Ooralars (hereditary trustees) and their origin
The term Oor means village and Ooraalan (Ooraalar, if joint partnership) means master (masters) or proprietor in these villages. The Sree Oorpazachi Kavu temple was the seat of such a socio-political body that enjoyed partial autonomy and administered the region. Nine prominent Nambiar families were Ooraalar and constituted the village and temple assembly that arbitrated local administration. They belonged to a further endogamous denomination among Nambiars called Randu Illam Vargam (As they derive their ancestry from Mullapalli Illom and Velloor Illom). As per legend two Nambudiri youths who were scions of Mullapalli and Velloor illoms respectively, visited the fort at Balussery. Before returning from the fort, the two youths married ladies from the family of two nayar chieftains (Kavullavan Nambiar and Vennapalan Kurup ) and brought them to Edakkad. They were settled in two separate residences at Kuliyambethu and Edupidikkeri. The area surrounding their residences were filled with eachil groves. After a while, when these ladies ventured into the eachil grove nearby, they observed milk and blood overflowing from detached eachil leaves, and immediately reported it to the Nambudiri youths.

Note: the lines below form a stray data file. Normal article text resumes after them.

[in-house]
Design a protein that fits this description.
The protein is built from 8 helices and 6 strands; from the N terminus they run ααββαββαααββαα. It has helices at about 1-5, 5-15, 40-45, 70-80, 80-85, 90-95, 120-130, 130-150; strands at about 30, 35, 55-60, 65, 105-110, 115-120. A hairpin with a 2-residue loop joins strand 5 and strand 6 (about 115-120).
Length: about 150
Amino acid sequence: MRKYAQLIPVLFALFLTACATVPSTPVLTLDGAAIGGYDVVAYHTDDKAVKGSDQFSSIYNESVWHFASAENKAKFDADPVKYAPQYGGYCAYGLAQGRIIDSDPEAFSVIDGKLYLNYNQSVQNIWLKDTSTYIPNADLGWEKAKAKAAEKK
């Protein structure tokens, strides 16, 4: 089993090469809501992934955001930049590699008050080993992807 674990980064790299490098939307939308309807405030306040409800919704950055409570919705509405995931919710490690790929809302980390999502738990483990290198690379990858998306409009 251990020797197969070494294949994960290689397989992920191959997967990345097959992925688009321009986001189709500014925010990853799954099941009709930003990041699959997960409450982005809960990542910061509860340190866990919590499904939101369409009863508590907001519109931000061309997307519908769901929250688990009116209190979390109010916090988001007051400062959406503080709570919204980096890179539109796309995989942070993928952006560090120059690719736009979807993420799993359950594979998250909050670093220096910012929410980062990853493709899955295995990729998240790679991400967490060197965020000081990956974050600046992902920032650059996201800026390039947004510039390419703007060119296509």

The Nambudiri youths inferred that it is an omen that the spirit of Vettakkorumakan (the presiding deity of Balussery fort) had accompanied their wives and required to be enshrined within the temple precincts. The descendants of the two matrilineal stems of Kuliyambethu and Edupidikkeri, fathered by Mullapalli and Velloor illoms, later expanded into eight separate taravads formed an endogamous sub-clan (referred to as Randu illom vargam) and inherited the proprietership of the Oorpazhassi Kavu and desam (Ooraima) from Mullapalli and Velloor illoms as a danam (gift/grant). The danam (grant/gift ) was achandratarame santatipravesame (for the descendants as long as moon and stars last) showing the permanent, hereditary nature of the grant. Each taravad referred to a family tracing descent from a common ancestress and with mudal sambandham (relationship of property ) and pula sambandham (relationship of pollution). Since four taravads arose from Eduppidikkeri and the other four from Kuliyambethu, they formed two blocks with four sibling taravads in each block and considered their respective matrilineal stems (Kuliyambethu and Edupidikkeri) as their gotra. In essence, each block represented a wider matrilineal kin group that was knit by symbolic ties prominently in sharing birth and death pollution and a memory of common ancestor. Marriages within taravads of the same block are prohibited. In later years it was observed that at any given time if a death or birth occurs simultaneously in either blocks, the temple administration was jeopardized as none of the eight Ooralars were not able to officiate the temple proceedings. The predicament was presented to the then Raja of Chirakkal (Kolathiri) who proposed the adoption of a ninth family into the ooralar conglomerate as a solution. As a result, the ninth family (namely Kolathattil) was adopted as equivalent to the original eight matrilineial lines and included in the endogamous sub-clan and thus now there are nine Ooralar families as under:-